Gentle Japanese Acupuncture & The Common Cold, Part 2

So how exactly can you use acupuncture and moxibustion to treat a cold? Let's look at a recent case.

Jane had been receiving treatment for fatigue and insomnia. However, on the day in question, Jane's clinical presentation was quite different than usual. Sore throat, chills and fevers, neck stiffness and a headache: it was clear that Jane was in the early stages of coming down with a cold.

It is crucial to determine how far the cold has progressed, and in what fashion. If a person has a cough, fatigue and no appetite, then you would treat them very differently to someone who has just begun to feel sniffly in the last few hours. Poor-quality or incorrect treatment can exacerbate the symptoms.

Jane still had her appetite, no cough, and decent energy levels, plus her symptoms had only begun that morning. Combined with pulse diagnosis techniques, I was able to diagnose her with what we call Lung Deficiency/Yang Excess/Heat Syndrome.

Basically, this means that her Defensive Qi (explained in my last post) had become deficient. This allowed the cold to penetrate to a small extent, where it was met by violent but not-completely-effective resistance (hence the chills, fevers and other symptoms).

If we directly strengthen the Defensive Qi at this point, Jane's body will have the resources it needs to repel the pathogen and halt/reverse the progression of the cold.

As mentioned in my last post, Defensive Qi circulates around the exterior of the body, at the level of the skin and body hair. Therefore, if we want to stimulate Defensive Qi our intervention needs to take place at the skin's surface. Deep needling will at best have little effect, and at worst cause significant deterioration of the patient's condition.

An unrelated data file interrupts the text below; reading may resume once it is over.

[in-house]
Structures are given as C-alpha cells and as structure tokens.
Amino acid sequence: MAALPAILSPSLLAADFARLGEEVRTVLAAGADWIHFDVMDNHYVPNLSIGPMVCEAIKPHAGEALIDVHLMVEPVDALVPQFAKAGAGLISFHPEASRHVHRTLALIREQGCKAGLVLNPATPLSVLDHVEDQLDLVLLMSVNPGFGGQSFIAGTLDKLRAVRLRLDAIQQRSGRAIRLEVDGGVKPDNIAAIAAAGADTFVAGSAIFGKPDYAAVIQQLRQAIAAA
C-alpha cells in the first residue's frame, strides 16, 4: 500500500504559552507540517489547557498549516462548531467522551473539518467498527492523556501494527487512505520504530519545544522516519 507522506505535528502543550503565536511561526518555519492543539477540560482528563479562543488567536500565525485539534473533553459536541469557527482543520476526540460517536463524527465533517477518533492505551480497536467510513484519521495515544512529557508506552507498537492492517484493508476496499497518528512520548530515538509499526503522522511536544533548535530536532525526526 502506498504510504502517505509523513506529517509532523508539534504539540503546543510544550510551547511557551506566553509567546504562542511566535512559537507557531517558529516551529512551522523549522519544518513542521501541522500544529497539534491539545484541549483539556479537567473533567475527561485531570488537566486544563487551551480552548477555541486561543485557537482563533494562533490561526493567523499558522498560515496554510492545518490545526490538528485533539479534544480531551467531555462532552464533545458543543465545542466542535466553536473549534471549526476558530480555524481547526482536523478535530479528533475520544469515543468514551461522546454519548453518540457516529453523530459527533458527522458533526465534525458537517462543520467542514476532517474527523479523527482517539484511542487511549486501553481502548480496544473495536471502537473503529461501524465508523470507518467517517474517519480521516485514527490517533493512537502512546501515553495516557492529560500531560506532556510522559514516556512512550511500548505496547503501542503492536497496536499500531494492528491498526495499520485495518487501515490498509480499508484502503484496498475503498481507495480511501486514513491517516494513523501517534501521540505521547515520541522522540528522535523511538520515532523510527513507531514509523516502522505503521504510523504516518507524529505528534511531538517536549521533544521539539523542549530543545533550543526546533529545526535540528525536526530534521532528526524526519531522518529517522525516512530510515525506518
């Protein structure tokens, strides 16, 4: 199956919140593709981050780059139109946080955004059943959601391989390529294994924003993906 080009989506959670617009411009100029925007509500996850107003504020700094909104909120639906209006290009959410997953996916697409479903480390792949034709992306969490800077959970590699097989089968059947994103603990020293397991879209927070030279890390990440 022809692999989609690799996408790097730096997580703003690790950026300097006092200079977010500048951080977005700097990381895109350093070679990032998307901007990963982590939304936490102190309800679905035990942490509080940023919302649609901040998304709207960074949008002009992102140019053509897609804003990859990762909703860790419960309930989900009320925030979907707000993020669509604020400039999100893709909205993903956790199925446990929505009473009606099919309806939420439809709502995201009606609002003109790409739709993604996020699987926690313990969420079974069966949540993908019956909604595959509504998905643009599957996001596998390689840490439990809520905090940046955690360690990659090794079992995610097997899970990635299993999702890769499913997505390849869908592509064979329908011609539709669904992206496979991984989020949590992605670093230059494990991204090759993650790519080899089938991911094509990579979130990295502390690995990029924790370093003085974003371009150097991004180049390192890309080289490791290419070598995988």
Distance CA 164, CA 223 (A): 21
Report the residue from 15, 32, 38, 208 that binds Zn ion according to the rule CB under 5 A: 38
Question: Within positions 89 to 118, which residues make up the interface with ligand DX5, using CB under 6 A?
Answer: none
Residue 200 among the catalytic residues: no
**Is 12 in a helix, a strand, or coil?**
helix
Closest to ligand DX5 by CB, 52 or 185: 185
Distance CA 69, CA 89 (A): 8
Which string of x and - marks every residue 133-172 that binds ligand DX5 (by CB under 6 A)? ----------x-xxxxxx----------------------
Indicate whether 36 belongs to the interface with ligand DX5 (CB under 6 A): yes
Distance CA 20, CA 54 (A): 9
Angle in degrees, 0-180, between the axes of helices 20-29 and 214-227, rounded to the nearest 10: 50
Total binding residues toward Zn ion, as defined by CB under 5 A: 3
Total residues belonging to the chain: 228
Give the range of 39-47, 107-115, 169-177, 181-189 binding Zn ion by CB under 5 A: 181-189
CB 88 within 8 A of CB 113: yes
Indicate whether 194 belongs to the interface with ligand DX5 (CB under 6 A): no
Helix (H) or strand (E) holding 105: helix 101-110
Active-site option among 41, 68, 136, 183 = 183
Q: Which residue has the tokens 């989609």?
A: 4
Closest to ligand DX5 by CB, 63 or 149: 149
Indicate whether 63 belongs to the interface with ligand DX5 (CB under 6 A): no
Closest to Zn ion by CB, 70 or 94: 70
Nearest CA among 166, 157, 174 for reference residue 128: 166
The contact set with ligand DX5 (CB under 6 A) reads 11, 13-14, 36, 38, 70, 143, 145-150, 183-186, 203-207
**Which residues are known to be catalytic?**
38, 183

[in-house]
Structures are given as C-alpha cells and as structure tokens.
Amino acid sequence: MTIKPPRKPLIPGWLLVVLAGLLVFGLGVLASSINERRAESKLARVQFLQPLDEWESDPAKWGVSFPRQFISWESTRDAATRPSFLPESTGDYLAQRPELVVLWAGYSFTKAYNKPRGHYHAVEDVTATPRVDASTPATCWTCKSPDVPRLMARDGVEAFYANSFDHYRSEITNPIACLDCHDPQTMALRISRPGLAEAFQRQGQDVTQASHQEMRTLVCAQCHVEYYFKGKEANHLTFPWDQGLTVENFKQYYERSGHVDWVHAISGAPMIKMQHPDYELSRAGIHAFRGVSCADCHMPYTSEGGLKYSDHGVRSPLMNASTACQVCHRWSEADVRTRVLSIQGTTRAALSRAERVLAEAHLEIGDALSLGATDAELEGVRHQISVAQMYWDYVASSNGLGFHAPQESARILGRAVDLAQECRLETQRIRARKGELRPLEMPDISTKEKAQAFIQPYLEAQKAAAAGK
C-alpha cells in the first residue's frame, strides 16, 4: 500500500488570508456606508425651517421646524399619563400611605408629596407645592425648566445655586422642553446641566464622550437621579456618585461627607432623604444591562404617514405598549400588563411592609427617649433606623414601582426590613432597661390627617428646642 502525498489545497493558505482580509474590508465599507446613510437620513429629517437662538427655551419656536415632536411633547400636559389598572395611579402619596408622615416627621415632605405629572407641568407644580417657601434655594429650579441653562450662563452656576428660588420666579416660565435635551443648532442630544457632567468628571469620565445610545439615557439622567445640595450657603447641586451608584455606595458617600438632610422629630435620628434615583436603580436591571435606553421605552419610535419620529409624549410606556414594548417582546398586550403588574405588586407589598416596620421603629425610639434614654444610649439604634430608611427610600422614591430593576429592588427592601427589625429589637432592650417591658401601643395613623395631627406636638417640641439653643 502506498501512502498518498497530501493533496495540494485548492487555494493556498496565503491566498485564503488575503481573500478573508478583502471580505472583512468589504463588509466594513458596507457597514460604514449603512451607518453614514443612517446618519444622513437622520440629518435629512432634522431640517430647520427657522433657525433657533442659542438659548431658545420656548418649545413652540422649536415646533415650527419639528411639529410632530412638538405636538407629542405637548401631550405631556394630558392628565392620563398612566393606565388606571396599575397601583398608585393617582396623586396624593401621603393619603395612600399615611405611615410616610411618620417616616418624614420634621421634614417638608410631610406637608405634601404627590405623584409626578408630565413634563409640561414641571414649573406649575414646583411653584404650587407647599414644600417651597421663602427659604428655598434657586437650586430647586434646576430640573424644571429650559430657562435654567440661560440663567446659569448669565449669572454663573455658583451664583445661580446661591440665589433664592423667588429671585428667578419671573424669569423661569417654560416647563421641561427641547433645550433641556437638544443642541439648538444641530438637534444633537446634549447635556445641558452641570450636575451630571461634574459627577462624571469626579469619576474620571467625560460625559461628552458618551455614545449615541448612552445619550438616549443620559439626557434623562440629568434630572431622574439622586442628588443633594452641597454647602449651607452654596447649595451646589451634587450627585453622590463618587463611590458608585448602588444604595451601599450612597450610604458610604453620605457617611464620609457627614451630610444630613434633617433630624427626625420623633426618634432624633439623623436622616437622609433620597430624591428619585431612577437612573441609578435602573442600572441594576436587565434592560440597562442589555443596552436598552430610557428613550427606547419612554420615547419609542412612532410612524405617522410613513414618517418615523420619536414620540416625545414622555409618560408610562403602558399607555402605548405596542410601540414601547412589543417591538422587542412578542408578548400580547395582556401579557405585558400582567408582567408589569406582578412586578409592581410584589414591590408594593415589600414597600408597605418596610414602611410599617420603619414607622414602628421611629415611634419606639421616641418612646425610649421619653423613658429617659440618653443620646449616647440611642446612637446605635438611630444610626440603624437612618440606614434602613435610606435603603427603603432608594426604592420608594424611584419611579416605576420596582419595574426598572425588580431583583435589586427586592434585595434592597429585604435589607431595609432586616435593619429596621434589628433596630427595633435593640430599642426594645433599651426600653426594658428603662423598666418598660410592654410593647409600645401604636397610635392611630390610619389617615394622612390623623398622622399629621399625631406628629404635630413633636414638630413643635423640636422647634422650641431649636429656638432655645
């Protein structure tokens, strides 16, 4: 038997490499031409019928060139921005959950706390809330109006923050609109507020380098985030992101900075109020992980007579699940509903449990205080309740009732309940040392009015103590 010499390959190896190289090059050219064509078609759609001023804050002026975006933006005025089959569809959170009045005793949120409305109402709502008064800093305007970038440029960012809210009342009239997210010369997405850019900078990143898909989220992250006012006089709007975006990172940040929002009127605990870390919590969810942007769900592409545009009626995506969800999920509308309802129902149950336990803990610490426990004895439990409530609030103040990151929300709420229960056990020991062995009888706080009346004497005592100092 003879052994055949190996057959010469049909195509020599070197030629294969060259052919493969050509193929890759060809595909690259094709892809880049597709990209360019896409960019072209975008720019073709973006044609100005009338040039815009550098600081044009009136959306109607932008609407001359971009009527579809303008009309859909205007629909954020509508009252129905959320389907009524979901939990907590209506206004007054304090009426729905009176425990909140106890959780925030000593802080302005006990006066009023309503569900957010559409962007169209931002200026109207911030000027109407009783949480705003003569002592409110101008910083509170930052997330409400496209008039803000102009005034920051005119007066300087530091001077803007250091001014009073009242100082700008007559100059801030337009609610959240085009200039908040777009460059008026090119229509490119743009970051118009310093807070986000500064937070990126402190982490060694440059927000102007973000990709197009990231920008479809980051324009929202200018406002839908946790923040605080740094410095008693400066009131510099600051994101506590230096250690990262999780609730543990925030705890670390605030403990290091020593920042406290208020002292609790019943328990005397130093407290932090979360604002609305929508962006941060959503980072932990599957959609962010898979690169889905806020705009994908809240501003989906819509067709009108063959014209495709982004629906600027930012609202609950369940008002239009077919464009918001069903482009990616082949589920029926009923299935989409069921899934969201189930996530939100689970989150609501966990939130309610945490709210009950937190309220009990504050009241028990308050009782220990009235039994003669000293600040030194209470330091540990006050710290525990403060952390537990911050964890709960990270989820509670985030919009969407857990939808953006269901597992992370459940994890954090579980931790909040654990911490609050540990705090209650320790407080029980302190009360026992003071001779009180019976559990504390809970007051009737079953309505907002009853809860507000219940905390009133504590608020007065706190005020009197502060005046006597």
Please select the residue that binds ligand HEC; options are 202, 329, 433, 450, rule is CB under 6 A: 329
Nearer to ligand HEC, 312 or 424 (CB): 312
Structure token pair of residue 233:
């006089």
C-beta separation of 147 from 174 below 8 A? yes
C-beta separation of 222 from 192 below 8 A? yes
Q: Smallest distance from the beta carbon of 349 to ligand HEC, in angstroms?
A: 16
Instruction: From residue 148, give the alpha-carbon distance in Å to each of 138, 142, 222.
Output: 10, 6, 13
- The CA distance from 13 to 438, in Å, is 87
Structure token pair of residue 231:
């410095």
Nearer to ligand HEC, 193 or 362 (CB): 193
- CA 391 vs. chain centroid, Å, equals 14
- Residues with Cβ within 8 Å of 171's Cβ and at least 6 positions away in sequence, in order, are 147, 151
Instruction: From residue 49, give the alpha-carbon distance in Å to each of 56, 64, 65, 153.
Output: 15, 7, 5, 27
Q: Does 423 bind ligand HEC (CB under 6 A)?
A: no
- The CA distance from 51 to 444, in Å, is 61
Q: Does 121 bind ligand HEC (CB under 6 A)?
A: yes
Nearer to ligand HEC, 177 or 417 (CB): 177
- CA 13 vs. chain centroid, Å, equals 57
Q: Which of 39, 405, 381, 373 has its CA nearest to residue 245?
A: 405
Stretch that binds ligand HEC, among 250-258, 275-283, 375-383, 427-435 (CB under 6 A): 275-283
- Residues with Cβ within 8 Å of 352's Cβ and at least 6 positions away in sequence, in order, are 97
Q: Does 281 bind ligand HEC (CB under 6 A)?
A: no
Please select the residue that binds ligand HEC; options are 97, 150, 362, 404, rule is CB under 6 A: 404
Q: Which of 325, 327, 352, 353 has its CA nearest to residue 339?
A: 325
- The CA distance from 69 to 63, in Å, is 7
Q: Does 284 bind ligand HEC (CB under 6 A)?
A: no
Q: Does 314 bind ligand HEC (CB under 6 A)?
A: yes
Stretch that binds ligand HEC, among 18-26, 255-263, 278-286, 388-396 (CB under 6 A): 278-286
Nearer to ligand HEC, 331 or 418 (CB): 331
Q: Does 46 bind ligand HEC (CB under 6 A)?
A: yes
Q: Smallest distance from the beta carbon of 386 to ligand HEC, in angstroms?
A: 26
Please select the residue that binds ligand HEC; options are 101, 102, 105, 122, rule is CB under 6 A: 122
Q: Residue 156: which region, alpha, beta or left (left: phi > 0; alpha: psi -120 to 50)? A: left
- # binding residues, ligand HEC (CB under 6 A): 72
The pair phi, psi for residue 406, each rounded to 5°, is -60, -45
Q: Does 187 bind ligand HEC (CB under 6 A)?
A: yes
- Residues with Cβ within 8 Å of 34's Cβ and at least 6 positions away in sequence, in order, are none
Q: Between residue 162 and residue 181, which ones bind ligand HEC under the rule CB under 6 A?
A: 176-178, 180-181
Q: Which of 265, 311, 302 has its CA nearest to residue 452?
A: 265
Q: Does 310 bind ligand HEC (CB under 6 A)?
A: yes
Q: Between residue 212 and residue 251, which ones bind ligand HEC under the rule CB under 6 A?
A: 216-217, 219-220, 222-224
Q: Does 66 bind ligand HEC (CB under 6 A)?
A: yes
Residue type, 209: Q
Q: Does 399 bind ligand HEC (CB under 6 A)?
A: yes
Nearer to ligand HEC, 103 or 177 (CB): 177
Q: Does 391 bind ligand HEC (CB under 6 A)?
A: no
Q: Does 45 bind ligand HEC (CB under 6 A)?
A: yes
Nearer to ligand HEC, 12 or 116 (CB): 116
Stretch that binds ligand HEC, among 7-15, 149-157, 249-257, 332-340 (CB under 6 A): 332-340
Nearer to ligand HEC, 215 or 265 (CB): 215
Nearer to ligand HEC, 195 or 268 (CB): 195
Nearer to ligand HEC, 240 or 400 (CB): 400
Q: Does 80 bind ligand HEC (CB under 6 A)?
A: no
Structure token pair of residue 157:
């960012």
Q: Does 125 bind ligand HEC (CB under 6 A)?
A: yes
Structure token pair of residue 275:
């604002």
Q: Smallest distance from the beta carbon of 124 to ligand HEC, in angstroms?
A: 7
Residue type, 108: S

Defensive Qi is produced by the Lung and the Spleen/Stomach/digestive complex. Therefore, by contact needling the Lung and Spleen meridians at particular points we send the body a twofold message:

1. Produce more Defensive Qi

2. Send it to the surface of the skin (where the battle between the body and the pathogen is taking place).

Supplemented by other needling and moxibustion techniques, this treatment can be very effective in restoring the body's immunity (allowing the body to expel the pathogen and return to health).

After applying the treatment, I advised Jane to go home and eat something warm for dinner (to further strengthen her Defensive Qi). The next morning, Jane woke up feeling as if the cold had never threatened to strike in the first place!

If you can't afford to take a few days off work just to entertain a cold, why not book an appointment on 6241 6060?

Stay well,

Adam McIntosh